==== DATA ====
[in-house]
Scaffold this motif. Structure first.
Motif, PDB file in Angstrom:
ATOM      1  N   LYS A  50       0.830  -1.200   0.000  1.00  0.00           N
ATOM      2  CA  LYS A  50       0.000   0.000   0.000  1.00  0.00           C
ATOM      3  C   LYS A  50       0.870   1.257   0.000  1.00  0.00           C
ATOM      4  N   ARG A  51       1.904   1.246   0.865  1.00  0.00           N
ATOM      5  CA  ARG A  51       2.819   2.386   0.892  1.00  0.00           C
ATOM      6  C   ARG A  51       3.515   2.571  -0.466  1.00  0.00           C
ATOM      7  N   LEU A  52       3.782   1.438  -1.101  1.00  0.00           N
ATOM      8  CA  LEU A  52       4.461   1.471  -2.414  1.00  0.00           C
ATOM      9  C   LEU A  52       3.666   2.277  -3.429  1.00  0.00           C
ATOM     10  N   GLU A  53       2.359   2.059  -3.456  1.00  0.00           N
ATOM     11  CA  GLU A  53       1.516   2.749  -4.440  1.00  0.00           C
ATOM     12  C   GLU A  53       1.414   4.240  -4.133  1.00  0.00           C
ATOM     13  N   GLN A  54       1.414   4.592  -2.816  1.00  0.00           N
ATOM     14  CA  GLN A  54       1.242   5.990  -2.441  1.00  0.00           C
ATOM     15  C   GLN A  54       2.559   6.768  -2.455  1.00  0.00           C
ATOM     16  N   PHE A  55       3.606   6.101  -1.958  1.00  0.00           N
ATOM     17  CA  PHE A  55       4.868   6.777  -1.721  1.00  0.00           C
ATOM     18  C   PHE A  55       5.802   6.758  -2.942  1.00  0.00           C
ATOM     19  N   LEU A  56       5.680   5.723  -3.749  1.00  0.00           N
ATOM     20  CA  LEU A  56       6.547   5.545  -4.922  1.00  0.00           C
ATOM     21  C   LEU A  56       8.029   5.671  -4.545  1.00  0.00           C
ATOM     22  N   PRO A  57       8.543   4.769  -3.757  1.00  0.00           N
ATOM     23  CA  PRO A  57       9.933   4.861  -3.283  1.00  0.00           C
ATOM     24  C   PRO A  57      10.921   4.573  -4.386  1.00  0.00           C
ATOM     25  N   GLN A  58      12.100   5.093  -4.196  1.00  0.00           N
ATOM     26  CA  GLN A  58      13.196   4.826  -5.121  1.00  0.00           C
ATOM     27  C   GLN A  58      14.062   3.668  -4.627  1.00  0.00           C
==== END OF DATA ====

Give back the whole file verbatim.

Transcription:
[in-house]
Scaffold this motif. Structure first.
Motif, PDB file in Angstrom:
ATOM      1  N   LYS A  50       0.830  -1.200   0.000  1.00  0.00           N
ATOM      2  CA  LYS A  50       0.000   0.000   0.000  1.00  0.00           C
ATOM      3  C   LYS A  50       0.870   1.257   0.000  1.00  0.00           C
ATOM      4  N   ARG A  51       1.904   1.246   0.865  1.00  0.00           N
ATOM      5  CA  ARG A  51       2.819   2.386   0.892  1.00  0.00           C
ATOM      6  C   ARG A  51       3.515   2.571  -0.466  1.00  0.00           C
ATOM      7  N   LEU A  52       3.782   1.438  -1.101  1.00  0.00           N
ATOM      8  CA  LEU A  52       4.461   1.471  -2.414  1.00  0.00           C
ATOM      9  C   LEU A  52       3.666   2.277  -3.429  1.00  0.00           C
ATOM     10  N   GLU A  53       2.359   2.059  -3.456  1.00  0.00           N
ATOM     11  CA  GLU A  53       1.516   2.749  -4.440  1.00  0.00           C
ATOM     12  C   GLU A  53       1.414   4.240  -4.133  1.00  0.00           C
ATOM     13  N   GLN A  54       1.414   4.592  -2.816  1.00  0.00           N
ATOM     14  CA  GLN A  54       1.242   5.990  -2.441  1.00  0.00           C
ATOM     15  C   GLN A  54       2.559   6.768  -2.455  1.00  0.00           C
ATOM     16  N   PHE A  55       3.606   6.101  -1.958  1.00  0.00           N
ATOM     17  CA  PHE A  55       4.868   6.777  -1.721  1.00  0.00           C
ATOM     18  C   PHE A  55       5.802   6.758  -2.942  1.00  0.00           C
ATOM     19  N   LEU A  56       5.680   5.723  -3.749  1.00  0.00           N
ATOM     20  CA  LEU A  56       6.547   5.545  -4.922  1.00  0.00           C
ATOM     21  C   LEU A  56       8.029   5.671  -4.545  1.00  0.00           C
ATOM     22  N   PRO A  57       8.543   4.769  -3.757  1.00  0.00           N
ATOM     23  CA  PRO A  57       9.933   4.861  -3.283  1.00  0.00           C
ATOM     24  C   PRO A  57      10.921   4.573  -4.386  1.00  0.00           C
ATOM     25  N   GLN A  58      12.100   5.093  -4.196  1.00  0.00           N
ATOM     26  CA  GLN A  58      13.196   4.826  -5.121  1.00  0.00           C
ATOM     27  C   GLN A  58      14.062   3.668  -4.627  1.00  0.00           C